"There's sadness, but you also get a little bit angry because we hope to avoid these things," said Franck, whose non-profit association represents approximately 1,300 companies in the province.
"I'm sad that we're not there yet as far as an industry. ... Our hopes and prayers and best wishes go to the family and friends of the crew and the community."
Read more: http://atlantic.ctvnews.ca/search-underway-for-fishermen-after-boat-capsizes-off-n-s-1.1161129#ixzz2LRgFnnzO
I am not going to offer up any speculation regarding the how or why of this most recent tragedy. For one, I was not there. For another, as the facts and figures come in, the truth will be plain enough to see. There is no need for anyone to pass judgement on a condemned man.
I will however go so far as to say that nobody I have ever known could be considered a seasoned master at the tender age of 22. I have no doubt whatsoever that these five young men were sterling characters and obviously hard workers. The life of a fisherman is not one for slackers. Enthusiasm and a healthy work ethic however cannot take the place of experience and sound judgement at sea. Ultimately, a skipper is the sole person responsible for the safety of his vessel and his crew. It's all part of the 'burden of command'. His decisions affect many, as this situation makes only too plain.
It is sufficient to say that we mourn their loss and send our thoughts to their families and friends in Wood's Harbour.
Talk about a way to set the mood for the day. I just received a call from a woman down Barrington way in Nova Scotia. She was asking for information on whom she would speak to, regarding lighting a re-built lighthouse (Seal Island Light) down there, as a memorial to the five young lads who were recently lost on the fishing vessel ‘Miss Ally’. I transferred her to the head office for Aids to Navigation in Dartmouth.
‘Tis a sad way to start the day indeed…
Tuesday, February 19, 2013
So I have been monitoring myself a little closer these days, all in an effort to develop a better feel for how I am doing. It has been a radical shift from simply disregarding things that affect me on an ongoing basis. I believe I haven’t bothered cataloging the list of pains and aches I experience on a daily basis, simply because it would be a continuous exercise.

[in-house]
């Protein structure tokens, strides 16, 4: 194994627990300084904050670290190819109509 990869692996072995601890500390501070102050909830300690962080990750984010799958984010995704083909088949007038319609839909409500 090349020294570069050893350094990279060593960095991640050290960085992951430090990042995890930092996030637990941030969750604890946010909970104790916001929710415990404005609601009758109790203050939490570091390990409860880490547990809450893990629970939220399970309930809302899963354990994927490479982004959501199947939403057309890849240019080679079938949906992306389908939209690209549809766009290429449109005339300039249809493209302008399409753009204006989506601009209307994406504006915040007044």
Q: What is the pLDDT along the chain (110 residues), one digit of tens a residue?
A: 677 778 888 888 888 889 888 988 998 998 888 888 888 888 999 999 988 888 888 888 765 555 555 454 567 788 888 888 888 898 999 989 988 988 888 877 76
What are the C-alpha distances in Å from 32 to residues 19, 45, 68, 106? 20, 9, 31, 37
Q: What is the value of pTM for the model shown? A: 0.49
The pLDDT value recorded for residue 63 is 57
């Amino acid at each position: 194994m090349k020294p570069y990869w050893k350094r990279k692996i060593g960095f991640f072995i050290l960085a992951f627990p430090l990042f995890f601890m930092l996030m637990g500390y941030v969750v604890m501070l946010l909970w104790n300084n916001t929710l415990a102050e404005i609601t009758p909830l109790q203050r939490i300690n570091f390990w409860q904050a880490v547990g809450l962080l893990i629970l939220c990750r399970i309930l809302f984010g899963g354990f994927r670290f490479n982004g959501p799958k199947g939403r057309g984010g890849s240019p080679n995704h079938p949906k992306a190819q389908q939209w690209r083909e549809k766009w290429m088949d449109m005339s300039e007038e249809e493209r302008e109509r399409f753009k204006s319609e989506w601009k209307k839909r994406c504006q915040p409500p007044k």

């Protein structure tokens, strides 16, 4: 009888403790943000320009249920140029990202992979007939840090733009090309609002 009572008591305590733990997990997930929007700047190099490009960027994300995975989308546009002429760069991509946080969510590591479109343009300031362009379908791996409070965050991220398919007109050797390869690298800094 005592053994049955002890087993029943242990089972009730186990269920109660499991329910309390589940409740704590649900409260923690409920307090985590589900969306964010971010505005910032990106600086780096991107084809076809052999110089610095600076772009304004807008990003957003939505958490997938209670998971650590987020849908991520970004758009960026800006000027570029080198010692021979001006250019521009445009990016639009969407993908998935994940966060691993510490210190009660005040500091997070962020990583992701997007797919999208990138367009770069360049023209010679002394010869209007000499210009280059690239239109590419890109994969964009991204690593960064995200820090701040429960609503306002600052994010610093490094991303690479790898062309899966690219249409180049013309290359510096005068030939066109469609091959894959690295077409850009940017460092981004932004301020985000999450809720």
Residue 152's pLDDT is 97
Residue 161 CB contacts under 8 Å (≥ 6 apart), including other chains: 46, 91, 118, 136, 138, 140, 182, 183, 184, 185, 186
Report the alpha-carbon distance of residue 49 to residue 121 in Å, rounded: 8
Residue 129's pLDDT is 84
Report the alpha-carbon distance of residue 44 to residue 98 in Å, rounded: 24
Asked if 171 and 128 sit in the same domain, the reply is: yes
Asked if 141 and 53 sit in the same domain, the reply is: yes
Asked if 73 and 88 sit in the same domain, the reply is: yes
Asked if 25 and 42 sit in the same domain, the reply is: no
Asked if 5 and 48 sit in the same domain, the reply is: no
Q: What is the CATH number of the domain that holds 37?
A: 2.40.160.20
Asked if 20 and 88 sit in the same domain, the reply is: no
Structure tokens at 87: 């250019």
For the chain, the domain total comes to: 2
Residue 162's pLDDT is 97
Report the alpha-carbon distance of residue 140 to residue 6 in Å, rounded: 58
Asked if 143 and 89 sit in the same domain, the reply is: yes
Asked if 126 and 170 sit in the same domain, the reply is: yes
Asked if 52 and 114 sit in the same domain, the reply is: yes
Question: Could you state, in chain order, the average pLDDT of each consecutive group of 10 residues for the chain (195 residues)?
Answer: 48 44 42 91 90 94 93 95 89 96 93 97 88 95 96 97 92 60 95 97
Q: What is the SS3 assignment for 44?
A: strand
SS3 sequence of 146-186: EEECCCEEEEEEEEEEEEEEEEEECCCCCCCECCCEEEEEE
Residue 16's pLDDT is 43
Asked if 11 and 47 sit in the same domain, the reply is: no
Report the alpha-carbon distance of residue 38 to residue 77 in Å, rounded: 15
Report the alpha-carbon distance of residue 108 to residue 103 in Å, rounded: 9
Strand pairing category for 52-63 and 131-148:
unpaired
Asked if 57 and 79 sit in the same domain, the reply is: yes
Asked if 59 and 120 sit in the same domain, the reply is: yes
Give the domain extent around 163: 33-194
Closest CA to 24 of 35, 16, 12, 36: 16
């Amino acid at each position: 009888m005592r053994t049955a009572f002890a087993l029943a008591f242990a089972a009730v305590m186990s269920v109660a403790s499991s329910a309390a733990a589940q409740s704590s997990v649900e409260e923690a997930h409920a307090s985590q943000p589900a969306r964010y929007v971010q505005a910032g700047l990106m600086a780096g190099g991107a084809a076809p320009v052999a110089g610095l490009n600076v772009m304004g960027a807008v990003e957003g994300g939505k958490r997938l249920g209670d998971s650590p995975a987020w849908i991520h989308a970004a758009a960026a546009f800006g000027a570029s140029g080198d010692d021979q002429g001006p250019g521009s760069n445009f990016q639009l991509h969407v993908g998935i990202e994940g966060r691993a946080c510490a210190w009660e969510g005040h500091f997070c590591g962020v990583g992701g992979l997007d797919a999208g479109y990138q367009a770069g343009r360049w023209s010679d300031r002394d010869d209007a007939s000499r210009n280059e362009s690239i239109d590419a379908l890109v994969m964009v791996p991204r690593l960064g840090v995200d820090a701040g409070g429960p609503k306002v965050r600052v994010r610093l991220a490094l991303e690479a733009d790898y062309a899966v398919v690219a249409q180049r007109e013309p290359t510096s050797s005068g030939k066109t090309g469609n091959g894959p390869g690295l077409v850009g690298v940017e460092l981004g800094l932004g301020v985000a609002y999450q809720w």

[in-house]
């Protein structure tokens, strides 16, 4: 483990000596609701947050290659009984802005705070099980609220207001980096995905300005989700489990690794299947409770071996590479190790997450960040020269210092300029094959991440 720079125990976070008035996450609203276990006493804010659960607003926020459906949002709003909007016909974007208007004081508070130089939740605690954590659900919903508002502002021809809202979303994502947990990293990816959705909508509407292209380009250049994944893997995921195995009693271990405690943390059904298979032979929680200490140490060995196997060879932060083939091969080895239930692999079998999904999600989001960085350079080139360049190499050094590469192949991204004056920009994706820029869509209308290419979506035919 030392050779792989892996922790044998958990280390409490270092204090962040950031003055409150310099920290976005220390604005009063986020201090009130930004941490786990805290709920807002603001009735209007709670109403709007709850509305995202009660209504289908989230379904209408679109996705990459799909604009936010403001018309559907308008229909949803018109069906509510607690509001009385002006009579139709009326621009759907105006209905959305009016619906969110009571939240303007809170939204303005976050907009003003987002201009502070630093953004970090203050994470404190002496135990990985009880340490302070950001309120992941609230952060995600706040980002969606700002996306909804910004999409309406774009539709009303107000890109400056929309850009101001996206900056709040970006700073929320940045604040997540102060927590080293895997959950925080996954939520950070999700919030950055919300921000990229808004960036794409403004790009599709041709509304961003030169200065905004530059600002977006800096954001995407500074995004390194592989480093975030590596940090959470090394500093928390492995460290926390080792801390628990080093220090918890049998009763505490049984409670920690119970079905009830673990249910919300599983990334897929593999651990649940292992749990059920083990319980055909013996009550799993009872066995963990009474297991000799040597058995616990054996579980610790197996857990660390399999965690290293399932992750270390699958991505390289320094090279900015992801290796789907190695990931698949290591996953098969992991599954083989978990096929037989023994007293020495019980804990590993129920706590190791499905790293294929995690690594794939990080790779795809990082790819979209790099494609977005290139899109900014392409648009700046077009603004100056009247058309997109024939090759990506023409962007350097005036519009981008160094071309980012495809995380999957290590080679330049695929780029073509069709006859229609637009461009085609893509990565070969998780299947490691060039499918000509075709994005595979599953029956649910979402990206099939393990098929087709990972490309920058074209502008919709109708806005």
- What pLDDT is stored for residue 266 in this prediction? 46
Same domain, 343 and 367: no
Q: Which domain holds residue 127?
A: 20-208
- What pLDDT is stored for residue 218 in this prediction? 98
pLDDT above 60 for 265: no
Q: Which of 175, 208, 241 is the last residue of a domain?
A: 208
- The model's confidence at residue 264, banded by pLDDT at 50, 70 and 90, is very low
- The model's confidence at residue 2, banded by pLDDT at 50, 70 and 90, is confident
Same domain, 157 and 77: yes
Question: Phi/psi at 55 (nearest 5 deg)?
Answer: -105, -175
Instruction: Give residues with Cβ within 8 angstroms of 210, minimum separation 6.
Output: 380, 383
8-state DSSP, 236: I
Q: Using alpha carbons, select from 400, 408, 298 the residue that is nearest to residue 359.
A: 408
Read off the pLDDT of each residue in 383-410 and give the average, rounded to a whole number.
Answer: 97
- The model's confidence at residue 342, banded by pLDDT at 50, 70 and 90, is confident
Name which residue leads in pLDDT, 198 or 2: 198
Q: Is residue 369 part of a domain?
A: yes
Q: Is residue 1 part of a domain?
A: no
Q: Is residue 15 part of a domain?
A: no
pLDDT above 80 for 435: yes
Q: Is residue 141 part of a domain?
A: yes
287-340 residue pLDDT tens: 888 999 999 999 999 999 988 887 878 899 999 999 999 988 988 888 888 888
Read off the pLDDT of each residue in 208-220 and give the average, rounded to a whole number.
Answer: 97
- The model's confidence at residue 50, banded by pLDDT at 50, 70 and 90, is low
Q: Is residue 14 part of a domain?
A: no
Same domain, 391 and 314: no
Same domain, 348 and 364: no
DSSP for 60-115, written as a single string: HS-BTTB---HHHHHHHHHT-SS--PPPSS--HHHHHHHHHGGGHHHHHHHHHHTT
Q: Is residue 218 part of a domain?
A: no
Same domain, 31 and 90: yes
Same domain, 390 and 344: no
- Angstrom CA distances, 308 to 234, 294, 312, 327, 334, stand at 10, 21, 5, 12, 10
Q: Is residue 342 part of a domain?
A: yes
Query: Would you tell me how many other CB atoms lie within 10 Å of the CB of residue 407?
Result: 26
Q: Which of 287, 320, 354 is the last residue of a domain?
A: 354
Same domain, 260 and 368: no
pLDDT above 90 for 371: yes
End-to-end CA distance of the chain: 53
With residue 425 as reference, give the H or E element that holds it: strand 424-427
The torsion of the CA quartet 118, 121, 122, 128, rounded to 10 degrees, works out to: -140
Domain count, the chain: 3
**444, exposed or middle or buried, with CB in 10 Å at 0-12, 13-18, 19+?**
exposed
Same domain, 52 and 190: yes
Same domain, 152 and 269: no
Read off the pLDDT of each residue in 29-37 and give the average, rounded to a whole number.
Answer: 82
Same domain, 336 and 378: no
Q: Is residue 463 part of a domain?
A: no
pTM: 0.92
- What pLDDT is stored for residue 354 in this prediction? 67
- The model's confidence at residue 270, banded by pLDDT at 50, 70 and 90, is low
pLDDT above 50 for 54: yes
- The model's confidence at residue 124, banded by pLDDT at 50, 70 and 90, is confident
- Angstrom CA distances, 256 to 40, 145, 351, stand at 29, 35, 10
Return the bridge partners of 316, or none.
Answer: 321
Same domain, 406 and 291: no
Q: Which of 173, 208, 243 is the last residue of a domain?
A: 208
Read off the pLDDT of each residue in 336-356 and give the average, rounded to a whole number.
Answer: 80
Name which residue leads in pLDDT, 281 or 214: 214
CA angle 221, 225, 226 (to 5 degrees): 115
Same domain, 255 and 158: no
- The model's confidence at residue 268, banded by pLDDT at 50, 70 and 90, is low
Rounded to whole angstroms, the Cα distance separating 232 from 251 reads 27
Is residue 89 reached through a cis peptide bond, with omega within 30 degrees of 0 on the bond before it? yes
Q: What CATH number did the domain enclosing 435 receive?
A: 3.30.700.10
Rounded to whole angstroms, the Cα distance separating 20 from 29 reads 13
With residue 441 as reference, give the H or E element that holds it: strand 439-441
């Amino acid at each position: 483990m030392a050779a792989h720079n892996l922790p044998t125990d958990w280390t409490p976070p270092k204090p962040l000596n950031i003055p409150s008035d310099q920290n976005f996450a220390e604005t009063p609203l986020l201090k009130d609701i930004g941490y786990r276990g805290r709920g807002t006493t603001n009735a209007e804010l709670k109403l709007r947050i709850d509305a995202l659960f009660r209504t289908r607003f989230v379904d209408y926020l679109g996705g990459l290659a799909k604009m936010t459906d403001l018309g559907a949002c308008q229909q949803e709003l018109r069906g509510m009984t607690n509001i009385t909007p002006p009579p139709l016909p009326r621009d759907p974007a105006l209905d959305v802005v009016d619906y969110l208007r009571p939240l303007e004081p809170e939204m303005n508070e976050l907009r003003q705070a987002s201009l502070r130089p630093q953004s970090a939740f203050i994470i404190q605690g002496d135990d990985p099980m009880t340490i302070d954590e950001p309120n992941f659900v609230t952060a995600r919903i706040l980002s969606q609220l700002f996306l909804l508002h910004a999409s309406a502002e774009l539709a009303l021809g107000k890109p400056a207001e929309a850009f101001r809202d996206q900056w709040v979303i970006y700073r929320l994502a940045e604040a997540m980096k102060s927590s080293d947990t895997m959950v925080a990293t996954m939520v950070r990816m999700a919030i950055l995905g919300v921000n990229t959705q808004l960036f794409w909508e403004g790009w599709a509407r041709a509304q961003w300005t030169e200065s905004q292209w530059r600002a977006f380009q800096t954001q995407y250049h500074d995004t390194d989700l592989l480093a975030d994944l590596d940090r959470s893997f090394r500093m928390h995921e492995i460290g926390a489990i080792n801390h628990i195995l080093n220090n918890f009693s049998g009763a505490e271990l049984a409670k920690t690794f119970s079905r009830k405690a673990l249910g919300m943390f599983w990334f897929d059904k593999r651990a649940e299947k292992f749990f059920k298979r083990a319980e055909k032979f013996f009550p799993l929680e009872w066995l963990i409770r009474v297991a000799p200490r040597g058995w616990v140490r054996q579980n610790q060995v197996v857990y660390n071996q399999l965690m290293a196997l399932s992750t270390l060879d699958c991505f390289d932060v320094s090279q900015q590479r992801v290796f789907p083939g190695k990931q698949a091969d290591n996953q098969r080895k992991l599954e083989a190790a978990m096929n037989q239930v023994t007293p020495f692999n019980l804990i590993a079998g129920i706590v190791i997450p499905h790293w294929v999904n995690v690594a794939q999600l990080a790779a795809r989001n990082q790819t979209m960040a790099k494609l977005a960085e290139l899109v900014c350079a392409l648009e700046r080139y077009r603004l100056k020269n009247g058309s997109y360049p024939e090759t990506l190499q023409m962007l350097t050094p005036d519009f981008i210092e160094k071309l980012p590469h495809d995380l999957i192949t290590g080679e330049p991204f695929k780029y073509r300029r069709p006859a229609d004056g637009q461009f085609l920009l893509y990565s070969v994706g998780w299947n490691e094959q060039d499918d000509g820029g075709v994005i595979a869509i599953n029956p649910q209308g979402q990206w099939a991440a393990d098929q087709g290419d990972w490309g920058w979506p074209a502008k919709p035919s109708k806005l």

I find it immeasurably hard to break myself of this habit of ignoring what ails me. My character is such that when confronted with adversity, the reflex is to just push through it. Military training demanded it. Discomfort? Fatigue? Push through it… be a man… grow a pair… suck it up… show some intestinal fortitude… don’t wimp out… keep up the side… don’t let us down… if this was easy, civilians could do it… we’re counting on you…
So bearing in mind the era where I grew up, the social conventions of the time and the stereotypes we were bombarded with, coupled with 21 years of military service, it is not surprising in the least that I have trouble at times separating ‘the myth from the man’. I think the key word here is going to be honesty. To be honest with myself. That I am perhaps tired of carrying around this mantle of seeming-invincibility. That there are many times where I find myself reflecting on how much these recent events have exacted from me. That try as I might, I will never recover that physical person that I was.
I know I have no other option but to come to terms with this new reality. But I can also try to appreciate and fully understand the ramifications of all this. There has yet to be a night where shifting my position in bed has not caused me pain of some sort. I cannot lie on one side for too long, lest the building discomfort wake me up. So I spend most nights shifting from one side to the other. There has yet to be a day when I can walk without getting grief from either my legs, my hips, my knees or my ankles. When it comes to climbing or descending stairs, it is always done slowly, with great deliberation and trepidation. I still harbor this unreasoning dread (to me…) of falling. My knees and hips are normally the most affected by this particular exercise.
As for my right hand which was broken, it has become a prognosticator of weather patterns, thanks to arthritis which invariably turns up as the weather changes. Still, it is usable so there’s always that. The left side of my body remains very much the worse affected part of me, however. My shoulder and arm provide a constant source of pain and discomfort and together with my left leg, the greatest of my limitations. This current status has been described by many medical professionals, as something which will not resolve itself over time. So that is the upshot of it…